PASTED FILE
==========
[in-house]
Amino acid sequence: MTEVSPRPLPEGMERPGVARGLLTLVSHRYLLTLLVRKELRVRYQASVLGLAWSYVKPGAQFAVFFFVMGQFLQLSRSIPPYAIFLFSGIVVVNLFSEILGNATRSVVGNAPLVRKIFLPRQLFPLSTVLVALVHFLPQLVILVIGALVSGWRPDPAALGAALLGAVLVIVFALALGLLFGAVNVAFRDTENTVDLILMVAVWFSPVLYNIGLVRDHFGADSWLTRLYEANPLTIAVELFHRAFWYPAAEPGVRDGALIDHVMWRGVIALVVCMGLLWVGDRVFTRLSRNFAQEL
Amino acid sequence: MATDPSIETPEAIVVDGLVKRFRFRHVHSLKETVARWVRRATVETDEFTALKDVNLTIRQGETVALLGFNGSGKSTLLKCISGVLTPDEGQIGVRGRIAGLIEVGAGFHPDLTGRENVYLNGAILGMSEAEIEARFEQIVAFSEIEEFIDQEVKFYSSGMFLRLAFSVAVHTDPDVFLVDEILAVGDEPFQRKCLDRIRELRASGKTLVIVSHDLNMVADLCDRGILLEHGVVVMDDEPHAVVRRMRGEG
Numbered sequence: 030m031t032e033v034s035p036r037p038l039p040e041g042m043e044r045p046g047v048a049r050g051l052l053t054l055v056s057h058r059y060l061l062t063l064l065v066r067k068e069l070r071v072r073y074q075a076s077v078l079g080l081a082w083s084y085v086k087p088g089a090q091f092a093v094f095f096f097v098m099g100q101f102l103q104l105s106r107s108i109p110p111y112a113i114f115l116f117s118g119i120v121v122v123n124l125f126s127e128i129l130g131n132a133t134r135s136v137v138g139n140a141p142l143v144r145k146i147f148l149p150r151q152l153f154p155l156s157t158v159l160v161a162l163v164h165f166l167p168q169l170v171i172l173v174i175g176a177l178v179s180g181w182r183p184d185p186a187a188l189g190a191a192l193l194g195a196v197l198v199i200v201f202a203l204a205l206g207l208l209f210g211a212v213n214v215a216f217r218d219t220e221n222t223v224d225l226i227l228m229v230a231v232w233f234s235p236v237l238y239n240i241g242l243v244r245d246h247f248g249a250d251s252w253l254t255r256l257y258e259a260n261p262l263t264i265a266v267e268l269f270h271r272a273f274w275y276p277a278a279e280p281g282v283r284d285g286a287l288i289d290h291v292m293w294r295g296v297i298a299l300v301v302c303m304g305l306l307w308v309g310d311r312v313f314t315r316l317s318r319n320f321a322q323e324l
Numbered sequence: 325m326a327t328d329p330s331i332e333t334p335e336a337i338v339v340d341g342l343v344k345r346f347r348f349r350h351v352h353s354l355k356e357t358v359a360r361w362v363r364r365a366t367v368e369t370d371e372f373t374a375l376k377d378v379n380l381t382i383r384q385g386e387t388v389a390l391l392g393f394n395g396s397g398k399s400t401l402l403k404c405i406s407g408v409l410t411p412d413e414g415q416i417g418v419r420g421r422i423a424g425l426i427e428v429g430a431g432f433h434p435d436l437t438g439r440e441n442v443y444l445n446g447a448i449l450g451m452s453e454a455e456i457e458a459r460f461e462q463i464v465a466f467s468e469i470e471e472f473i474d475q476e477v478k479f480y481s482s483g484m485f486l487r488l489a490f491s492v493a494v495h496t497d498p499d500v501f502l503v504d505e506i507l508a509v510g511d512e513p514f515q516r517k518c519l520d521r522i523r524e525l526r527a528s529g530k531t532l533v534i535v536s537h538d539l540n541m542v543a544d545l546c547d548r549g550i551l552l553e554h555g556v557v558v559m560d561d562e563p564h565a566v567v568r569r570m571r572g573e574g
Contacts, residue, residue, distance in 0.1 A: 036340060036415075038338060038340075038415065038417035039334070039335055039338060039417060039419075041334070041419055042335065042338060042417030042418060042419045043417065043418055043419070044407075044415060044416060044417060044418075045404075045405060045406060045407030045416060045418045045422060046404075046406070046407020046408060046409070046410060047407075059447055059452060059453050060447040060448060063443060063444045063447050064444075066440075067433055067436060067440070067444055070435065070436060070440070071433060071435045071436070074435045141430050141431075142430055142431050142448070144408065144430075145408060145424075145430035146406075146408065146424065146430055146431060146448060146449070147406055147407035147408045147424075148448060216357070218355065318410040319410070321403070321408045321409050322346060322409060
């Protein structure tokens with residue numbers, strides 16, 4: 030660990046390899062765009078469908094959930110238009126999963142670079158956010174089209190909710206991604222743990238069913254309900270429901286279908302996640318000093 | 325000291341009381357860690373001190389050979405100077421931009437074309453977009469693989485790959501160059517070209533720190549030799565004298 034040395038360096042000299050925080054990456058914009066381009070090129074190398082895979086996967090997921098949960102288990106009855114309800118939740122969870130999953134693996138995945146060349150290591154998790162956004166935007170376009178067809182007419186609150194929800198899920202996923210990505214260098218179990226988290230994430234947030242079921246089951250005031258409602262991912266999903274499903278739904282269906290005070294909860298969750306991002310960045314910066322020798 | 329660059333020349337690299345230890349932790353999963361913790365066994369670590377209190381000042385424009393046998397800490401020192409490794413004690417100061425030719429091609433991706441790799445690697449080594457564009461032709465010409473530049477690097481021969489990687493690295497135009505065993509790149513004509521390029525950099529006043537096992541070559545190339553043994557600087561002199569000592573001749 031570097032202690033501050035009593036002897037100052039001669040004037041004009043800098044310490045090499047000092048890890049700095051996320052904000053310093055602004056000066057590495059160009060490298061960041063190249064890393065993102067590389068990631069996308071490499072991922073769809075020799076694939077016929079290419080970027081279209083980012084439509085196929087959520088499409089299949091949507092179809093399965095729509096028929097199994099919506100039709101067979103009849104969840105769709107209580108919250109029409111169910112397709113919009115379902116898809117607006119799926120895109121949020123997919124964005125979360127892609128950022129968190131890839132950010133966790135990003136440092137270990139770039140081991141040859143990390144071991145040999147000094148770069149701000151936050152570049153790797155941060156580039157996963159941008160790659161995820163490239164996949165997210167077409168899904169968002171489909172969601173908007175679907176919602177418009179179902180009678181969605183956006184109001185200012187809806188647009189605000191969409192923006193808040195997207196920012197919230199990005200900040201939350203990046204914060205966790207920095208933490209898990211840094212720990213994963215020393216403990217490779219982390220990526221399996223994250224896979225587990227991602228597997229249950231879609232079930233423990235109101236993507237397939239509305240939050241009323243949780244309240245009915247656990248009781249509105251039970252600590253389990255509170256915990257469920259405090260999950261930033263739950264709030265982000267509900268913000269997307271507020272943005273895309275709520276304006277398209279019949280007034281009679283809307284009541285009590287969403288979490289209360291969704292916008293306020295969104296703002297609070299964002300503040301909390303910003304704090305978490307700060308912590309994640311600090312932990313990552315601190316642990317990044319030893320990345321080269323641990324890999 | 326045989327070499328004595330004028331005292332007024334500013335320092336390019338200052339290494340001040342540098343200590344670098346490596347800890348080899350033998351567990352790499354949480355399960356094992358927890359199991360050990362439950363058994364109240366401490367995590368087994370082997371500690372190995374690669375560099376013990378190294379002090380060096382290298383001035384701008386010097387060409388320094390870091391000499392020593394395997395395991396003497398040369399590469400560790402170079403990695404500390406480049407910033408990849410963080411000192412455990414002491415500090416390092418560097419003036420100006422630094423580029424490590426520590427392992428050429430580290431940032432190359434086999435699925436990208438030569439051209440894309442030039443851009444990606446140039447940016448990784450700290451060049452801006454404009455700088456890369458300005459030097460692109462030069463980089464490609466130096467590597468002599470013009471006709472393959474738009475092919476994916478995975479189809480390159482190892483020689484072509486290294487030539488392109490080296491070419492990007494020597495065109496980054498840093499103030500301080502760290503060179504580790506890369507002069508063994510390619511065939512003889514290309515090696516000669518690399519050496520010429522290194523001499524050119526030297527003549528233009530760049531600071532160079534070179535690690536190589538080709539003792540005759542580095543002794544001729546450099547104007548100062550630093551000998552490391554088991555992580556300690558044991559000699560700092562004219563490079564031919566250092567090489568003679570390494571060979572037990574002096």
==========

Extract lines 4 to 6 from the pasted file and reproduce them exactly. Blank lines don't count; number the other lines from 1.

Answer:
Numbered sequence: 030m031t032e033v034s035p036r037p038l039p040e041g042m043e044r045p046g047v048a049r050g051l052l053t054l055v056s057h058r059y060l061l062t063l064l065v066r067k068e069l070r071v072r073y074q075a076s077v078l079g080l081a082w083s084y085v086k087p088g089a090q091f092a093v094f095f096f097v098m099g100q101f102l103q104l105s106r107s108i109p110p111y112a113i114f115l116f117s118g119i120v121v122v123n124l125f126s127e128i129l130g131n132a133t134r135s136v137v138g139n140a141p142l143v144r145k146i147f148l149p150r151q152l153f154p155l156s157t158v159l160v161a162l163v164h165f166l167p168q169l170v171i172l173v174i175g176a177l178v179s180g181w182r183p184d185p186a187a188l189g190a191a192l193l194g195a196v197l198v199i200v201f202a203l204a205l206g207l208l209f210g211a212v213n214v215a216f217r218d219t220e221n222t223v224d225l226i227l228m229v230a231v232w233f234s235p236v237l238y239n240i241g242l243v244r245d246h247f248g249a250d251s252w253l254t255r256l257y258e259a260n261p262l263t264i265a266v267e268l269f270h271r272a273f274w275y276p277a278a279e280p281g282v283r284d285g286a287l288i289d290h291v292m293w294r295g296v297i298a299l300v301v302c303m304g305l306l307w308v309g310d311r312v313f314t315r316l317s318r319n320f321a322q323e324l
Numbered sequence: 325m326a327t328d329p330s331i332e333t334p335e336a337i338v339v340d341g342l343v344k345r346f347r348f349r350h351v352h353s354l355k356e357t358v359a360r361w362v363r364r365a366t367v368e369t370d371e372f373t374a375l376k377d378v379n380l381t382i383r384q385g386e387t388v389a390l391l392g393f394n395g396s397g398k399s400t401l402l403k404c405i406s407g408v409l410t411p412d413e414g415q416i417g418v419r420g421r422i423a424g425l426i427e428v429g430a431g432f433h434p435d436l437t438g439r440e441n442v443y444l445n446g447a448i449l450g451m452s453e454a455e456i457e458a459r460f461e462q463i464v465a466f467s468e469i470e471e472f473i474d475q476e477v478k479f480y481s482s483g484m485f486l487r488l489a490f491s492v493a494v495h496t497d498p499d500v501f502l503v504d505e506i507l508a509v510g511d512e513p514f515q516r517k518c519l520d521r522i523r524e525l526r527a528s529g530k531t532l533v534i535v536s537h538d539l540n541m542v543a544d545l546c547d548r549g550i551l552l553e554h555g556v557v558v559m560d561d562e563p564h565a566v567v568r569r570m571r572g573e574g
Contacts, residue, residue, distance in 0.1 A: 036340060036415075038338060038340075038415065038417035039334070039335055039338060039417060039419075041334070041419055042335065042338060042417030042418060042419045043417065043418055043419070044407075044415060044416060044417060044418075045404075045405060045406060045407030045416060045418045045422060046404075046406070046407020046408060046409070046410060047407075059447055059452060059453050060447040060448060063443060063444045063447050064444075066440075067433055067436060067440070067444055070435065070436060070440070071433060071435045071436070074435045141430050141431075142430055142431050142448070144408065144430075145408060145424075145430035146406075146408065146424065146430055146431060146448060146449070147406055147407035147408045147424075148448060216357070218355065318410040319410070321403070321408045321409050322346060322409060